Background: Tobacco smoking and smoke exposure during pregnancy and childhood cause considerable childhood morbidity and mortality. We did a systematic review and meta-analysis to investigate whether implementation of WHO's recommended tobacco control policies (MPOWER) was of benefit to perinatal and child health.
Methods: We searched 19 electronic databases, hand-searched references and citations, and consulted experts to identify studies assessing the association between implementation of MPOWER policies and child health. We did not apply any language restrictions, and searched the full time period available for each database, up to June 22, 2017. Our primary outcomes of interest were perinatal mortality, preterm birth, hospital attendance for asthma exacerbations, and hospital attendance for respiratory tract infections. Where possible and appropriate, we combined data from different studies in random-effects meta-analyses. This study is registered with PROSPERO, number CRD42015023448.
Findings: We identified 41 eligible studies (24 from North America, 16 from Europe, and one from China) that assessed combinations of the following MPOWER policies: smoke-free legislation (n=35), tobacco taxation (n=11), and smoking cessation services (n=3). Risk of bias was low in 23 studies, moderate in 16, and high in two. Implementation of smoke-free legislation was associated with reductions in rates of preterm birth (-3·77% [95% CI -6·37 to -1·16]; ten studies, 27 530 183 individuals), rates of hospital attendance for asthma exacerbations (-9·83% [-16·62 to -3·04]; five studies, 684 826 events), and rates of hospital attendance for all respiratory tract infections (-3·45% [-4·64 to -2·25]; two studies, 1 681 020 events) and for lower respiratory tract infections (-18·48% [-32·79 to -4·17]; three studies, 887 414 events). Associations appeared to be stronger when comprehensive smoke-free laws were implemented than when partial smoke-free laws were implemented. Among two studies assessing the association between smoke-free legislation and perinatal mortality, one showed significant reductions in stillbirth and neonatal mortality but did not report the overall effect on perinatal mortality, while the other showed no change in perinatal mortality. Meta-analysis of studies on other MPOWER policies was not possible; all four studies on increasing tobacco taxation and one of two on offering disadvantaged pregnant women help to quit smoking that reported on our primary outcomes had positive findings. Assessment of publication bias was only possible for studies assessing the association between smoke-free legislation and preterm birth, showing some degree of bias.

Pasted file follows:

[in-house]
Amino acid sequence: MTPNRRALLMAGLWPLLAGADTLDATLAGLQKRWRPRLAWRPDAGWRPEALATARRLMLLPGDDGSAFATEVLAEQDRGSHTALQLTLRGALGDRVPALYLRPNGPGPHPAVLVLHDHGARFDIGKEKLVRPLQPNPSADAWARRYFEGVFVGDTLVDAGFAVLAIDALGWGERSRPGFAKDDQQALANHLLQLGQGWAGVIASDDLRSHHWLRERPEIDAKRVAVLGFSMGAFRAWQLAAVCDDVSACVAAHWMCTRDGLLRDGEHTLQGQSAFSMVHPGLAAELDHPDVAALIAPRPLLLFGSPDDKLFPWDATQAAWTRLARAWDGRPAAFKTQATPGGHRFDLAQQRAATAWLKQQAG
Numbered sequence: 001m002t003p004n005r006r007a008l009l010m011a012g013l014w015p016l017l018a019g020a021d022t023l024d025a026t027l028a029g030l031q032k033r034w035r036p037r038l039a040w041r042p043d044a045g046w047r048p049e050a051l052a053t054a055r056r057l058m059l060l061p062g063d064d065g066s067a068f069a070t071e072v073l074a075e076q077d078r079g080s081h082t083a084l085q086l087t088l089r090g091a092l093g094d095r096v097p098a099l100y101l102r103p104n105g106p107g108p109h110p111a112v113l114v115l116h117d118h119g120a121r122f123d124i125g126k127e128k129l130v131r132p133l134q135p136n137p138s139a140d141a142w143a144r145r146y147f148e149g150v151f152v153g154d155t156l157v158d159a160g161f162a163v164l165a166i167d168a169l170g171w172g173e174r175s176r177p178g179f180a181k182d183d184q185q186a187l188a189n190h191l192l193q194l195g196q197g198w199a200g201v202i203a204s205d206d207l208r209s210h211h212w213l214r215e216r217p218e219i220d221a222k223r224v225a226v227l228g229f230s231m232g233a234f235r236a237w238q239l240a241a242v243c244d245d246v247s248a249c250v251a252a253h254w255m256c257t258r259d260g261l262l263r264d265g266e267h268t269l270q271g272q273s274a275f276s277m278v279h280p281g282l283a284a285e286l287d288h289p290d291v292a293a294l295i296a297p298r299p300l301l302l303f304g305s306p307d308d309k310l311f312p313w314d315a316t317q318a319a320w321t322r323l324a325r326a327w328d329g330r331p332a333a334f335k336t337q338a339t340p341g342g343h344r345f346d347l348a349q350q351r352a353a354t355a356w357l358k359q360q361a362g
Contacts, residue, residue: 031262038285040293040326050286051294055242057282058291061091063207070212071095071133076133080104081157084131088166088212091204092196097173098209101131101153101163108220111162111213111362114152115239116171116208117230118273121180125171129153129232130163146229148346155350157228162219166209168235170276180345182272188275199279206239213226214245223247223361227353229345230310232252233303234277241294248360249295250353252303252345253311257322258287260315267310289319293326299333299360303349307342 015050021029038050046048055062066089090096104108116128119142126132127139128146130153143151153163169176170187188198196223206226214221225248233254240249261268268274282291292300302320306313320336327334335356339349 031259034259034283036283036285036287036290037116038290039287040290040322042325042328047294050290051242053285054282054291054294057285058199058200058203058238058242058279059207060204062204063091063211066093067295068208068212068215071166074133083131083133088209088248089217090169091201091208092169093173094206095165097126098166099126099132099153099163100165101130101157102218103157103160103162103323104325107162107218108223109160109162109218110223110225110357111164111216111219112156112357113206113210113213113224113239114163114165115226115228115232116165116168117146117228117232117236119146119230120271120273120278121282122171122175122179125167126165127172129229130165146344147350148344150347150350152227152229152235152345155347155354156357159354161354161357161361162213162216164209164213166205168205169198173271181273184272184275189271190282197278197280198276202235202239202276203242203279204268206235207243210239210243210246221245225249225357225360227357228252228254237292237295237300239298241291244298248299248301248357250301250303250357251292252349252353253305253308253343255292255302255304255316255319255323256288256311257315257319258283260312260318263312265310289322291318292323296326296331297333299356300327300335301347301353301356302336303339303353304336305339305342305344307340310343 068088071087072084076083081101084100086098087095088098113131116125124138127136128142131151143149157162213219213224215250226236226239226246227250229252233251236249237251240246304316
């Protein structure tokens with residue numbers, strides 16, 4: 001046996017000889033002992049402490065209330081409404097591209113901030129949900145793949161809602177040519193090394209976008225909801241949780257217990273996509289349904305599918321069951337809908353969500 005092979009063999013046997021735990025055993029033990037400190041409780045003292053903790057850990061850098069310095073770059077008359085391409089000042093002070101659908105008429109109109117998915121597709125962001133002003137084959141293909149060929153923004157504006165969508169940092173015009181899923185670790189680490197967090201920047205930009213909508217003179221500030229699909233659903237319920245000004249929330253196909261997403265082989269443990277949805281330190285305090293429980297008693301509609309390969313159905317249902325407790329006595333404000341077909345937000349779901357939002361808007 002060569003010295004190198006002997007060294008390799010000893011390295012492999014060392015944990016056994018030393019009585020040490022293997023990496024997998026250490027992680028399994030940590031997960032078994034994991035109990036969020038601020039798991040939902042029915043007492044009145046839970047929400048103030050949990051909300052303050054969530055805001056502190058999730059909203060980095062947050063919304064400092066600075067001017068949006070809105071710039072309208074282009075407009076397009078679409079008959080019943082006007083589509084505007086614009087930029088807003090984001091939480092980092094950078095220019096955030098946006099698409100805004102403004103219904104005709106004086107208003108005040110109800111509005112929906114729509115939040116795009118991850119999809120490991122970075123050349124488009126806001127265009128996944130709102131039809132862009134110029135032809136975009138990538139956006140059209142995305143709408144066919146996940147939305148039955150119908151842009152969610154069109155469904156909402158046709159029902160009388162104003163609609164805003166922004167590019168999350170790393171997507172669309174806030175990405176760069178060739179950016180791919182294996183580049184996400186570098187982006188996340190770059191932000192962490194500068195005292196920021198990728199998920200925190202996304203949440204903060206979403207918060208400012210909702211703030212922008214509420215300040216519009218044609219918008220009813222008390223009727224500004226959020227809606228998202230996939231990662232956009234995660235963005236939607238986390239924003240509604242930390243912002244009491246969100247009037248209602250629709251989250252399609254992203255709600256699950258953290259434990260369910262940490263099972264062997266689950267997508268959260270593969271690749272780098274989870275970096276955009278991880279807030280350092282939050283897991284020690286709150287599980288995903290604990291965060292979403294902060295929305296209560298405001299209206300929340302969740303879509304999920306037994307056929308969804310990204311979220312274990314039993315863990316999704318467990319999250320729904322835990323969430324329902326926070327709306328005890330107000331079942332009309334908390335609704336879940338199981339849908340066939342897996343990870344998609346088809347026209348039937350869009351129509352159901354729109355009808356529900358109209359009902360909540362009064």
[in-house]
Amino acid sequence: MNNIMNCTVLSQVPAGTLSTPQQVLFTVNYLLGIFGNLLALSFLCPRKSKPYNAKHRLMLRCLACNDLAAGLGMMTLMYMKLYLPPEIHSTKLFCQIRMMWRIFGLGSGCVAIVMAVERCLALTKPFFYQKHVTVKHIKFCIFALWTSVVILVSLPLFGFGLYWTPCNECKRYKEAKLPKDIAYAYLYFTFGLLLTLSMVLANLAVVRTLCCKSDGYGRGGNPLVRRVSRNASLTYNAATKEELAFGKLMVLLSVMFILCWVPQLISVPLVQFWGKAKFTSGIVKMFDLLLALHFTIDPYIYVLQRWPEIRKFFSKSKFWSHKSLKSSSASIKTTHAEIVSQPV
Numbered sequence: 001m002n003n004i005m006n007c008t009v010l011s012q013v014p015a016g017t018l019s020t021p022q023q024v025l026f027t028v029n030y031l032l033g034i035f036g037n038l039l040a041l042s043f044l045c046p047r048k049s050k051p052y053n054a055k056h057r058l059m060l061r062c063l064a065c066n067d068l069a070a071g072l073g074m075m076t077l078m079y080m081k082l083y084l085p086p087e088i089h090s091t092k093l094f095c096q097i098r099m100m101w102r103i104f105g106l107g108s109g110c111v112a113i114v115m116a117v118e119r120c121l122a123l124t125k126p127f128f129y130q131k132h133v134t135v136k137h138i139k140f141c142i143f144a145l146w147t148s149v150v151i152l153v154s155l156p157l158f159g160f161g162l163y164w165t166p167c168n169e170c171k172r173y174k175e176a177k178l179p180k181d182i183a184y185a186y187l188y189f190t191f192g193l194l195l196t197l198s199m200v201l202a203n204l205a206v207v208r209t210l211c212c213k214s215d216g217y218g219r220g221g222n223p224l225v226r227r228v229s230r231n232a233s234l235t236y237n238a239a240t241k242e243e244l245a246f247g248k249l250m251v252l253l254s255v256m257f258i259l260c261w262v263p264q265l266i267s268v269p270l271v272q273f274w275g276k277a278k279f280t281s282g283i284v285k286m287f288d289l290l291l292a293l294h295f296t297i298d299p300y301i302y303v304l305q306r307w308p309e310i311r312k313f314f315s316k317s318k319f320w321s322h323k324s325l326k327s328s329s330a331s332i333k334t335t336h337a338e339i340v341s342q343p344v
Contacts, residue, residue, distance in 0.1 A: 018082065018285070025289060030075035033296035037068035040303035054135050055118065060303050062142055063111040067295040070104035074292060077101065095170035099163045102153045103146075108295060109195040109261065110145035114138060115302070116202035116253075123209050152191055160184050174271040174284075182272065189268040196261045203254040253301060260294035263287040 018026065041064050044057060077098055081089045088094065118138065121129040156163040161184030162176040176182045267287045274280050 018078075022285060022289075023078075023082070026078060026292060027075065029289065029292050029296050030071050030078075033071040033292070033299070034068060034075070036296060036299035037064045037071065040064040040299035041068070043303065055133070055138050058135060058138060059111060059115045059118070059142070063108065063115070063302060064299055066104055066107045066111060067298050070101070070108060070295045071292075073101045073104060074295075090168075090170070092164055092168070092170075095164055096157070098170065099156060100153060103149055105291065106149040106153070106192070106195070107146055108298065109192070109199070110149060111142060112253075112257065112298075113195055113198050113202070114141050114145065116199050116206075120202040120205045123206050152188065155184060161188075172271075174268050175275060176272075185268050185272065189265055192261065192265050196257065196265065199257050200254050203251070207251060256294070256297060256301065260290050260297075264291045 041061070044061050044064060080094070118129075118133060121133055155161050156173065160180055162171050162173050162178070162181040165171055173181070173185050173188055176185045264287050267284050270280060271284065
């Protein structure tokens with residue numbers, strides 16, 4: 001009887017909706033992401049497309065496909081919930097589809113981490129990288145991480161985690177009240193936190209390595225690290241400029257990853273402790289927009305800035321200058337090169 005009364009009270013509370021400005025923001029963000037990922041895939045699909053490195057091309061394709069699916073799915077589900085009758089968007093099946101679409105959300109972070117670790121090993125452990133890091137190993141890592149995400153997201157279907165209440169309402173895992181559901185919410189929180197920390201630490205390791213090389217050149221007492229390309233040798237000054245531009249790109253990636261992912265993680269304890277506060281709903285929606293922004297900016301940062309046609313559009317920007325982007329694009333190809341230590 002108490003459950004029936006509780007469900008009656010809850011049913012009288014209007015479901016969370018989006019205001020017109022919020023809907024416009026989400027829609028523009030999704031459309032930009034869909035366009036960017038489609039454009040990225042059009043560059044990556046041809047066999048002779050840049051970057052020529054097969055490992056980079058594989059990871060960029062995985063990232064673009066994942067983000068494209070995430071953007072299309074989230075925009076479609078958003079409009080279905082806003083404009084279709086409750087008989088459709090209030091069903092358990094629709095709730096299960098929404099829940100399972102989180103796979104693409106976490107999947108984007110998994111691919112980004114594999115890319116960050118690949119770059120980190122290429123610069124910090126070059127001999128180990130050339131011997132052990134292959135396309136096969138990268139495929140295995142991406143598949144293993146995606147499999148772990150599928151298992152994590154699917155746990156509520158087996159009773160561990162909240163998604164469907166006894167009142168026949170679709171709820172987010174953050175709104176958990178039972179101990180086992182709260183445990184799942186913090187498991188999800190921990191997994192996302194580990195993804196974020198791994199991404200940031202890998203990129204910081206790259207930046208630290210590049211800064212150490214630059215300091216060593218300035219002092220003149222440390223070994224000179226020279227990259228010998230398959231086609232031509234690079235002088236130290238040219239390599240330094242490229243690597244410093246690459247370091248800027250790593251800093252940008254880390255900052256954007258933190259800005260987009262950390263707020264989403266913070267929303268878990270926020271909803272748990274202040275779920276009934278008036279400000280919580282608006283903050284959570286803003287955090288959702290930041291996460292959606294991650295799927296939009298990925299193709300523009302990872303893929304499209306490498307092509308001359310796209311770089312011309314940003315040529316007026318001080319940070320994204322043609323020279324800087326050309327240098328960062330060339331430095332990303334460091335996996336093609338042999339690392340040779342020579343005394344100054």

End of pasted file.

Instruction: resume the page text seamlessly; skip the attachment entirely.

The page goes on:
Interpretation: Smoke-free legislation is associated with substantial benefits to child health. The majority of studies on other MPOWER policies also indicated a positive effect. These findings provide strong support for implementation of such policies comprehensively across the world.
Funding: Chief Scientist Office Scotland, Farr Institute, Netherlands Lung Foundation, Erasmus MC.